Drug treatment caused regeneration of sound-sensing cells in the inner ears of noise-exposed mice. On the left, damaged cells not treated with the drug. On the right, cells that were treated. Hair cells are shown in green. (Kunio Mizutari et al. / Neuron)
Anyone who’s gone to too many rock concerts or worked with loud machinery for too long or listened to too many kazillion-decibel advertisements at a movie theater may eventually pay the price: hearing loss caused by damage to tiny, sound-transmitting cells in the inner ear.
Researchers now report they can regenerate some of these crucial “hair cells” in the inner ears of mice and restore noise-induced damage to some extent. It’s something that hearing scientists have been hoping for ages though we will avoid using the term “holy grail” . The experiments, by Albert Edge of Harvard Medical School and his colleagues, were published in the Jan. 10 issue of the journal Neuron. Our ability to hear goes this way: Sound waves enter the gristly outer ear, travel down the ear canal and then buffet up against the eardrum, causing the drum to vibrate and jostle three bones in the so-called middle ear: the hammer, anvil and stirrup. The stirrup, in turn, presses against a membrane that divides the middle ear from the fluid-filled inner ear. The fluid in the inner ear then moves, causing arrays of tiny sensory cells called hair cells to wave about and send signals to the sound-processing parts of the brain.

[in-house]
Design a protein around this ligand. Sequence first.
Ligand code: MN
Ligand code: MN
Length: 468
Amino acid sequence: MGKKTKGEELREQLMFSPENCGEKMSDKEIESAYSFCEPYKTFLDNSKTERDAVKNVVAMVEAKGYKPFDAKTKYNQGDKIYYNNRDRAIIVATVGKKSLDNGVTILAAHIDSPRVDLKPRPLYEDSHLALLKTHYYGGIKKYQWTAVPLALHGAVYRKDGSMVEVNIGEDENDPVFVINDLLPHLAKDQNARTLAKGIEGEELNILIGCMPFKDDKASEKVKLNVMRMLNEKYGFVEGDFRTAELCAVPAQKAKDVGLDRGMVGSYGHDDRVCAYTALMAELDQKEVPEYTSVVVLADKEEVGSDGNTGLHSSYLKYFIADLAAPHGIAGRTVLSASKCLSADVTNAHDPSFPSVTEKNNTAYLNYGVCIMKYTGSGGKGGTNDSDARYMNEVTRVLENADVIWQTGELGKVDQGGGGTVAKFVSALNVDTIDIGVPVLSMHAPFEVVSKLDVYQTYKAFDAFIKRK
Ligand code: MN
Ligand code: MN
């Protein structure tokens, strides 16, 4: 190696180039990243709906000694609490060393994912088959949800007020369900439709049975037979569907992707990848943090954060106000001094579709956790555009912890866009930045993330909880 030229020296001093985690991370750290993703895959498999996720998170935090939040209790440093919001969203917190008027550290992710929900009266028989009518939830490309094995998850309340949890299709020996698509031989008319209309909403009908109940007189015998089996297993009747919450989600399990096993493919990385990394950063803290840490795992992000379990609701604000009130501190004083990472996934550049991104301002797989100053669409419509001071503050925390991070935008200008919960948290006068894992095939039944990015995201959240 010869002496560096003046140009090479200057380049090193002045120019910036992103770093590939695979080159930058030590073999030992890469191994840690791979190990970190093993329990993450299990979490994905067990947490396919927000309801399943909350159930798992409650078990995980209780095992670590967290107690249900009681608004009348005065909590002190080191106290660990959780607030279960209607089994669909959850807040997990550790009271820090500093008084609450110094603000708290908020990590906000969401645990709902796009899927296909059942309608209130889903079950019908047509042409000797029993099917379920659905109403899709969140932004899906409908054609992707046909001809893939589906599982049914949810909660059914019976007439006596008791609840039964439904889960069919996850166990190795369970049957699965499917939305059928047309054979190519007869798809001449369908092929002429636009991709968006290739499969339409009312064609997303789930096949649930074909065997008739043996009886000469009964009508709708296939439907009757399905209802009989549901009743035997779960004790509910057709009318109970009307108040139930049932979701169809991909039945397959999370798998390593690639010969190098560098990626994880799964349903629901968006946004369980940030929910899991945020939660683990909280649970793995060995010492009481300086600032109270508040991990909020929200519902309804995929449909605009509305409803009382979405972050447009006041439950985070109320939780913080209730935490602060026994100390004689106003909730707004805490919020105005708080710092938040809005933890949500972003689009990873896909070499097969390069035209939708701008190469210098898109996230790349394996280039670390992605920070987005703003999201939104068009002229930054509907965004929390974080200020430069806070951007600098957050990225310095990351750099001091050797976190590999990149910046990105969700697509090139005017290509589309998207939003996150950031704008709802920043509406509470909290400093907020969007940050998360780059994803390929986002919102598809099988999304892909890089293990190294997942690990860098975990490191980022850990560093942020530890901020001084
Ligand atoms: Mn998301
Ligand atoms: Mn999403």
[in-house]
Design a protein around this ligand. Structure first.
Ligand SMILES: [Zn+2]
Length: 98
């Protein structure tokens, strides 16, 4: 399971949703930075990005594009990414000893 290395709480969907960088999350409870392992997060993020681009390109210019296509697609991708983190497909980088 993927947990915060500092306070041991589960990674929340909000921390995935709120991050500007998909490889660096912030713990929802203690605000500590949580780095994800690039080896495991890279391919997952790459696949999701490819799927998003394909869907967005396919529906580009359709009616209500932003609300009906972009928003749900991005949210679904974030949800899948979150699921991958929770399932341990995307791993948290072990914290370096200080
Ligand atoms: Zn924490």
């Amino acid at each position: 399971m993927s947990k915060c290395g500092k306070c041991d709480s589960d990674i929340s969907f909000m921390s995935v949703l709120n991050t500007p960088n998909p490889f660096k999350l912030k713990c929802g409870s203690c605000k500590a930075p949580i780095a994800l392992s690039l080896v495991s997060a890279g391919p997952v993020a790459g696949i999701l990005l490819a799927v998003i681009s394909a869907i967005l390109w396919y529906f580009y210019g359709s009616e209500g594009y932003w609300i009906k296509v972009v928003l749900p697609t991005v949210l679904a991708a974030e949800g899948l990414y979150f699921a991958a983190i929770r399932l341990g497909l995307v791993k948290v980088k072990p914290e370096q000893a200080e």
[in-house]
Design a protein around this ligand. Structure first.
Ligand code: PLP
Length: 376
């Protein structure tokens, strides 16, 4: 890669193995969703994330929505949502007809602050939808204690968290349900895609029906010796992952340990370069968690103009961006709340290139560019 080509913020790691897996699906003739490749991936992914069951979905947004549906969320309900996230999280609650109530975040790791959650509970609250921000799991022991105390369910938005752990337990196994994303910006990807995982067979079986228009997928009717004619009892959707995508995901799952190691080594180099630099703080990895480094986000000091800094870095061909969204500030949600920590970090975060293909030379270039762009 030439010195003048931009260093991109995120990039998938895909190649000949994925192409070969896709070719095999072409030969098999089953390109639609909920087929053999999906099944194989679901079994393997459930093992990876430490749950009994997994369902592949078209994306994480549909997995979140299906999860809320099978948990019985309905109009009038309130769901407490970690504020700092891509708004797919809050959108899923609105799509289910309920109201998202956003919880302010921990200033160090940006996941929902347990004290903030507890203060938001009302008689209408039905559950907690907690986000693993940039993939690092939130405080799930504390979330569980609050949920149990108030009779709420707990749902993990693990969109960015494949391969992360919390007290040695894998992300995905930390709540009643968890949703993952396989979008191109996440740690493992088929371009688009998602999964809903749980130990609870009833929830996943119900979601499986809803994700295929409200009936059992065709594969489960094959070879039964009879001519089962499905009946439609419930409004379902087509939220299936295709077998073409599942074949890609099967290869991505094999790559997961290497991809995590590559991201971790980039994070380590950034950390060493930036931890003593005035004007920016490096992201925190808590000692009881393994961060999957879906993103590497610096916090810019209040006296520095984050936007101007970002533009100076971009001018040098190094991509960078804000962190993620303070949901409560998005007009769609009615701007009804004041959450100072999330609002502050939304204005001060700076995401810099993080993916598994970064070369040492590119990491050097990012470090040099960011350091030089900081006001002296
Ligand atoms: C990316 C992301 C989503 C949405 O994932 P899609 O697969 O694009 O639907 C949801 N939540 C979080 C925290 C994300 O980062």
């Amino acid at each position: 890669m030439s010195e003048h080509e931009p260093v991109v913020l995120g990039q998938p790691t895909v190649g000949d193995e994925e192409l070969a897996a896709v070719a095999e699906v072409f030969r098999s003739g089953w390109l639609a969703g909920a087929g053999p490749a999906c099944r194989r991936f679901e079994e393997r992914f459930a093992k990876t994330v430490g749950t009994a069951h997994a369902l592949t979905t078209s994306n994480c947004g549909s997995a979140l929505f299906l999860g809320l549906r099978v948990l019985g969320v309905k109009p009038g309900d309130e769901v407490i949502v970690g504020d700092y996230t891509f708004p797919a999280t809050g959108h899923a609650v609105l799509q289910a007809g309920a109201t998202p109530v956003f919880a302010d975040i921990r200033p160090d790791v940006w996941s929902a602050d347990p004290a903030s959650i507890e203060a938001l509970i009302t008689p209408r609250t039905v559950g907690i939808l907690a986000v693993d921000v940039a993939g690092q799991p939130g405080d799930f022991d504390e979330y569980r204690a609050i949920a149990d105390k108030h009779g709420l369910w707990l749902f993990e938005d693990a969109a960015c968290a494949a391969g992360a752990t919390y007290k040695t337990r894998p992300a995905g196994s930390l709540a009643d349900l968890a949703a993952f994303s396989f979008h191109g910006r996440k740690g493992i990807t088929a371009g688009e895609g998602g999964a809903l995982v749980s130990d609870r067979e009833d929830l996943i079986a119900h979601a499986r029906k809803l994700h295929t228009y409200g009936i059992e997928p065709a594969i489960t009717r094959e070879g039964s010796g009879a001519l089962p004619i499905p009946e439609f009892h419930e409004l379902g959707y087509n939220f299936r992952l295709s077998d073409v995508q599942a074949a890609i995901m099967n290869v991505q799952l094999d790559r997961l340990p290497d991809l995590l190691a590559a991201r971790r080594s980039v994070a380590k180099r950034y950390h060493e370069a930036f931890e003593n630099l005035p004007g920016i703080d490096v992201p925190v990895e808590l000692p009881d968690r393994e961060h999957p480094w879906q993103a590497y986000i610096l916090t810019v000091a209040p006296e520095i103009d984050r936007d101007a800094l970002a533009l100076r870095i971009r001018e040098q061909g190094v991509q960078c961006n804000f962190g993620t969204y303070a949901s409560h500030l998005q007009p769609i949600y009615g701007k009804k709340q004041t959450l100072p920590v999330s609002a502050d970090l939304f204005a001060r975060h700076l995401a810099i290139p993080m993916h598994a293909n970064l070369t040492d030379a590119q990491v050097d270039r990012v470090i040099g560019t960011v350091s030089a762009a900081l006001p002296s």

Based on the frequency of a given sound, hair cells at different points along the inner ear will activate. Our brains interpret the signals from those different points in the inner ear as different frequencies of sound. Loud noises, among other noxious assaults, can damage the fragile hair cells. That’s why habitual exposure to loud noise or one-off insults such as close-range gunshots or explosions can damage our hearing. The cells, once damaged, don’t regenerate – not in mammals, anyway. They do in fish and birds.
But Edge’s team showed they could coax some hair cells to do so in adult mice if they were treated with a certain drug. The drug, which goes by the natty NAME of LY41175, allows other cells in the inner ear to change into hair cells. …
This gives me new hope about life! I may not have to be a deaf musician in my old age after all. Where do we send our research donations to speed this up?